I took this post’s picture earlier this year while in Rome. It’s a statue of the Roman emperor Nerva. You can see the copper in the statue has been tarnished with time; in addition, Nerva’s head serves as a convenient perch for the local pigeons.
Nerva ruled the Roman empire from 96 to 98 AD. He ascended the throne after the assassination of Domitian, who had proved unpopular due to his autocratic rule (he also instituted intense persecutions of Christians). Nerva, however, had a difficult time exercising his authority over the Roman armies and was forced to name a successor. He named Trajan, who then succeeded Nerva following his death (amazingly, by natural causes) in 98 AD.
For a brief time Nerva had been at the pinnacle of earthly power. Now, however, his likeness serves as a platform for the defiling actions of pigeons.
The other Roman emperors all had similar fates. Despite the enormity of their power, this power proved transient. Eventually, they all faded into history.
The Roman empire is no more, the emperors are no more; time washes over all earthly power and subsumes it into the pages of history.
What does remain, though, is the Church.
Not the church as an earthly institution, and not the church as a congregation.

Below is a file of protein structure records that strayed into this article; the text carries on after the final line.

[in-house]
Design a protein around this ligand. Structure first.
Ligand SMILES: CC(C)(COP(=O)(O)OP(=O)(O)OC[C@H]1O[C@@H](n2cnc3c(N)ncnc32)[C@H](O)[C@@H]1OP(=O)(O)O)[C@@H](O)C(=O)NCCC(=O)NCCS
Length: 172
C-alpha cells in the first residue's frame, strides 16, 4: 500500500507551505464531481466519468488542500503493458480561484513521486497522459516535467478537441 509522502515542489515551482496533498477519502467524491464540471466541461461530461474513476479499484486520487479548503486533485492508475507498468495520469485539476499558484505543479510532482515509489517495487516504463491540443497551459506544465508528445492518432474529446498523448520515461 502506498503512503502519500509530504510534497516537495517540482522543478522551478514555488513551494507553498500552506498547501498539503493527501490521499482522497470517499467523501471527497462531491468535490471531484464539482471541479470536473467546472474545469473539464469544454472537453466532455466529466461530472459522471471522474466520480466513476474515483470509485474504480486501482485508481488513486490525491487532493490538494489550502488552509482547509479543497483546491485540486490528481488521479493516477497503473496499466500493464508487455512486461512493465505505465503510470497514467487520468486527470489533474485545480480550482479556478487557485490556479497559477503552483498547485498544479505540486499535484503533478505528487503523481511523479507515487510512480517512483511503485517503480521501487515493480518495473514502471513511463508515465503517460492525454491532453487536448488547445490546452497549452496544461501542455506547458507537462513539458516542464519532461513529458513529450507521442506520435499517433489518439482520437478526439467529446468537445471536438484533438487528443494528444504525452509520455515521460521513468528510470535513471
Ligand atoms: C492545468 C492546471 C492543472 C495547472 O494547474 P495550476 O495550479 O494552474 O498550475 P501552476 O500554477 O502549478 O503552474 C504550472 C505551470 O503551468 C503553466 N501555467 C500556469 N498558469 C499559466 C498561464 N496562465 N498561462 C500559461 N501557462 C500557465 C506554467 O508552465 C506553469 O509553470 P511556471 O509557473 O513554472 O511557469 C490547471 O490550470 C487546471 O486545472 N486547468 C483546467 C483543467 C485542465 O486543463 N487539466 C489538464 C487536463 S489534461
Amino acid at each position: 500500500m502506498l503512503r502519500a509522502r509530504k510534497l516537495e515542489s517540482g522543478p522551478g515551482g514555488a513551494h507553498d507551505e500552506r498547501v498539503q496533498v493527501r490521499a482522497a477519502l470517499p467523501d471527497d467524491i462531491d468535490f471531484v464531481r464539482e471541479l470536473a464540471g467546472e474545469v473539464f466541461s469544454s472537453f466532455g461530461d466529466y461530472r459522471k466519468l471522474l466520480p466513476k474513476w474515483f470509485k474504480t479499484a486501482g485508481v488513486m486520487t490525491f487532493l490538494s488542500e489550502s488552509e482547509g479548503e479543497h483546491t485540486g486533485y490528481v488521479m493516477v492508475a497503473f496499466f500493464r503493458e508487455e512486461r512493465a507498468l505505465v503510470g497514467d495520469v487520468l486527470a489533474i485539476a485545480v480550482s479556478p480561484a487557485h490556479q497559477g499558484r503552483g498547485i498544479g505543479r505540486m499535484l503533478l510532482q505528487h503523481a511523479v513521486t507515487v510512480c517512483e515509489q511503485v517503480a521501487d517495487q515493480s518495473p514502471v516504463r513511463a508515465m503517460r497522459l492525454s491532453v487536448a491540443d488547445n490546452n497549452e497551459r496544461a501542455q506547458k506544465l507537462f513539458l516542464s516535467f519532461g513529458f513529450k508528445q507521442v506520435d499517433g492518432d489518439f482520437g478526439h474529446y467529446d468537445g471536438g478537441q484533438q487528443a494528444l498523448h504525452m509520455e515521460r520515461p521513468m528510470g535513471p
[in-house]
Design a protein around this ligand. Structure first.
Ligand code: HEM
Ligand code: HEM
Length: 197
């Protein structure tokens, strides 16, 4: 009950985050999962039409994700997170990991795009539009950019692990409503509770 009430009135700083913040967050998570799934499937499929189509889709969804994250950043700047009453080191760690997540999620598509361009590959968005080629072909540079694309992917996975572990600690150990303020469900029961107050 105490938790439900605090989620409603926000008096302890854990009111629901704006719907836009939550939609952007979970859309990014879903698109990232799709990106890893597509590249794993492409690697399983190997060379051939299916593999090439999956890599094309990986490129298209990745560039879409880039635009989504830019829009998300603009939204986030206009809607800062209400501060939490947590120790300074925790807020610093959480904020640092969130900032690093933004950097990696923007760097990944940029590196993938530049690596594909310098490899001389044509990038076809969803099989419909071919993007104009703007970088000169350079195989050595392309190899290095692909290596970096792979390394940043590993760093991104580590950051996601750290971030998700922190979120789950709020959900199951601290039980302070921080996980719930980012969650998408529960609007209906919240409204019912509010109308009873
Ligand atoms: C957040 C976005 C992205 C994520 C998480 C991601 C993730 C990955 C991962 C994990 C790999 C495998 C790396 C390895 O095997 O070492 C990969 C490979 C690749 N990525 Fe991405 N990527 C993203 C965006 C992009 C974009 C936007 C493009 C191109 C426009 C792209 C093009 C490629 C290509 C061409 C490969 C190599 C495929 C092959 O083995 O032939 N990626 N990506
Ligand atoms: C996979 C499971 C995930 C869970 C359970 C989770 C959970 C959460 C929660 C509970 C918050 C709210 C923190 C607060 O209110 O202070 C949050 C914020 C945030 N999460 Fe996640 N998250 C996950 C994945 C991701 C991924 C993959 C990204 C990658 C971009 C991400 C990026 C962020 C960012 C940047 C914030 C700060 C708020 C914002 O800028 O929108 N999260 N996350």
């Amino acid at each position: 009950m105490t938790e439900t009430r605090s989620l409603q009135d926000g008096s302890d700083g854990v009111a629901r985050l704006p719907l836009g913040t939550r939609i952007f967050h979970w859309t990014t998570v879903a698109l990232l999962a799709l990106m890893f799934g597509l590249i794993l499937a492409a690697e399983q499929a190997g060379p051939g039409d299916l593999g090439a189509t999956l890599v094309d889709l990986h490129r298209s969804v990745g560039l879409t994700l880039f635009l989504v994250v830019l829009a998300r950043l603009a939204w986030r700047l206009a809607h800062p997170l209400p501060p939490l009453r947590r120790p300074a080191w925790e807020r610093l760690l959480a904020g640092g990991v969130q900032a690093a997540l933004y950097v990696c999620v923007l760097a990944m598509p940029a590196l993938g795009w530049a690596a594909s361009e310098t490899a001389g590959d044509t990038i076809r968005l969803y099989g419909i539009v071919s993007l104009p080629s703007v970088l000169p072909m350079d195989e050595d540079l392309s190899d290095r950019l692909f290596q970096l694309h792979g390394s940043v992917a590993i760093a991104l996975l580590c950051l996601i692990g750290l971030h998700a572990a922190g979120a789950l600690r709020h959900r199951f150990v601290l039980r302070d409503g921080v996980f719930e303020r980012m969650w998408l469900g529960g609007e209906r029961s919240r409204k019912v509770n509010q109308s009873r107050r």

Rather, the Church as the “one holy catholic apostolic Church” which we confess we believe in through the words of the Nicene Creed. The Church, defined as such, remains, and will remain, until Christ returns to bring the Church into the promised land which is the restored creation.
This is the Church who is holy, because Christ makes her so and sets her apart as his own body. This is the Church which is “catholic,” because it is universal in extent through geography and time; that is, the Church spans the Old and New Testaments and is found throughout the Earth. And this is the Church which is apostolic, because it proclaims the faith promulgated by the Apostles, which they received from Christ himself.
The “one holy catholic apostolic Church” endures until the Last Day when Christ returns. Earthly power, such as that of the Roman emperors, is transient, but the Church lives forever.
This is a good thing to remember on the day after US election day. Whether your candidate won or lost, their time in office will eventually be over, as will the appointed time for all earthly powers.
The Church, though, lives on into eternity.